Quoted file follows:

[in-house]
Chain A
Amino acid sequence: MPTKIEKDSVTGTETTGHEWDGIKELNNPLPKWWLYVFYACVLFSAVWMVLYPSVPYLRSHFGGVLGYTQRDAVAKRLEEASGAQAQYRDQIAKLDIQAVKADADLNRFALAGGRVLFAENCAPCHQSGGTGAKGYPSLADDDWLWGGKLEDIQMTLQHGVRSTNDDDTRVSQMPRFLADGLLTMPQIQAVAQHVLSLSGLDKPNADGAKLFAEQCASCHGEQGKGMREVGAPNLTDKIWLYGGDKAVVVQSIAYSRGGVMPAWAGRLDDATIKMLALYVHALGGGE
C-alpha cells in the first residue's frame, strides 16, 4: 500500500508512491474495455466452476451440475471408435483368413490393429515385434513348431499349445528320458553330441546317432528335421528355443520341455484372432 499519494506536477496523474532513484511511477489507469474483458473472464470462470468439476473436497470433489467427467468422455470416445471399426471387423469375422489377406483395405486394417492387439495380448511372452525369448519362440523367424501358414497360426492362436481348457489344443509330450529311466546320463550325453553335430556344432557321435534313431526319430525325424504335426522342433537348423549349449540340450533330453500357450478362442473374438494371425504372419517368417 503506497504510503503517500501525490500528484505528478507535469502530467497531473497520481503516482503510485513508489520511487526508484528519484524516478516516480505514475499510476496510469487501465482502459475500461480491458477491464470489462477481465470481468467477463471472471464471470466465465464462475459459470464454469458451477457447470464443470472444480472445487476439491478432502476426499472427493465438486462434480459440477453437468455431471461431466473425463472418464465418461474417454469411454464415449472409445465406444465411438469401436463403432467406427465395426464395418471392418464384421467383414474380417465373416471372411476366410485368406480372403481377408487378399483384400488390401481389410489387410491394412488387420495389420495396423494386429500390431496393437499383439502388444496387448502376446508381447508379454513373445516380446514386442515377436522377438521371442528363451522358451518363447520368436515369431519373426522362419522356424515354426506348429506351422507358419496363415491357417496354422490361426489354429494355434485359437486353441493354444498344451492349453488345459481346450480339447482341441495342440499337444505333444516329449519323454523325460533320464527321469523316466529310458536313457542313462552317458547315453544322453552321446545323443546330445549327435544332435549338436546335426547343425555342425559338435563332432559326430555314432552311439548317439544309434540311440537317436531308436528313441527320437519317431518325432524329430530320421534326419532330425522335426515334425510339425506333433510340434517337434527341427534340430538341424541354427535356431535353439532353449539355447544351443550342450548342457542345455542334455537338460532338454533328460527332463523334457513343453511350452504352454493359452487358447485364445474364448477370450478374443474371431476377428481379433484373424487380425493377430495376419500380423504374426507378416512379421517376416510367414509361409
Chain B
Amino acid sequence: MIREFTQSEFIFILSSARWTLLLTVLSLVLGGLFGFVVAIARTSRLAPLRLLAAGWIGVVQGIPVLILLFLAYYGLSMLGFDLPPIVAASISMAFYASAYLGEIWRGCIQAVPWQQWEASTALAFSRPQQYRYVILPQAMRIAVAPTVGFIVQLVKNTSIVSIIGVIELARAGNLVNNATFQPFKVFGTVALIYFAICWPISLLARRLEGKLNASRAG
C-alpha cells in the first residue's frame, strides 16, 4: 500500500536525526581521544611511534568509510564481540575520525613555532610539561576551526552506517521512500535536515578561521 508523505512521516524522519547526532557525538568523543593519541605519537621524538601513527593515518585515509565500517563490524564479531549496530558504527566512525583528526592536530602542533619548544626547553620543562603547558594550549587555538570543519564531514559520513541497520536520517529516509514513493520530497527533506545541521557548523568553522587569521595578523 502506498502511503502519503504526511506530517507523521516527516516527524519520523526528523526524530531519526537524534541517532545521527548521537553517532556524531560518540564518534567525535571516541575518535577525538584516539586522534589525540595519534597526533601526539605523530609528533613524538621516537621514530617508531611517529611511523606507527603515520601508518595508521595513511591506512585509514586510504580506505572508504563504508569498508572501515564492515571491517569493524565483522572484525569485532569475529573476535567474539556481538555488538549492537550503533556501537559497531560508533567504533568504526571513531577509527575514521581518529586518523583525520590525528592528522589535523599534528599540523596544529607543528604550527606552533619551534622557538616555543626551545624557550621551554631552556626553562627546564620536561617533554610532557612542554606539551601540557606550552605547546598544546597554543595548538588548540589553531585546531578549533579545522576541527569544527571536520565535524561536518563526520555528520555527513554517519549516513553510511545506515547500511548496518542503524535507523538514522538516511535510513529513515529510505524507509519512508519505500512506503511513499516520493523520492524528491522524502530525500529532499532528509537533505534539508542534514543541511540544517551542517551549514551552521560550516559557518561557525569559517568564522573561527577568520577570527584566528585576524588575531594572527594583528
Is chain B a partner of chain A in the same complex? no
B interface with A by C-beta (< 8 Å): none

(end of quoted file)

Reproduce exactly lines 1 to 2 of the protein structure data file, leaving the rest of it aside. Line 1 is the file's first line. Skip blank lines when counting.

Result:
[in-house]
Chain A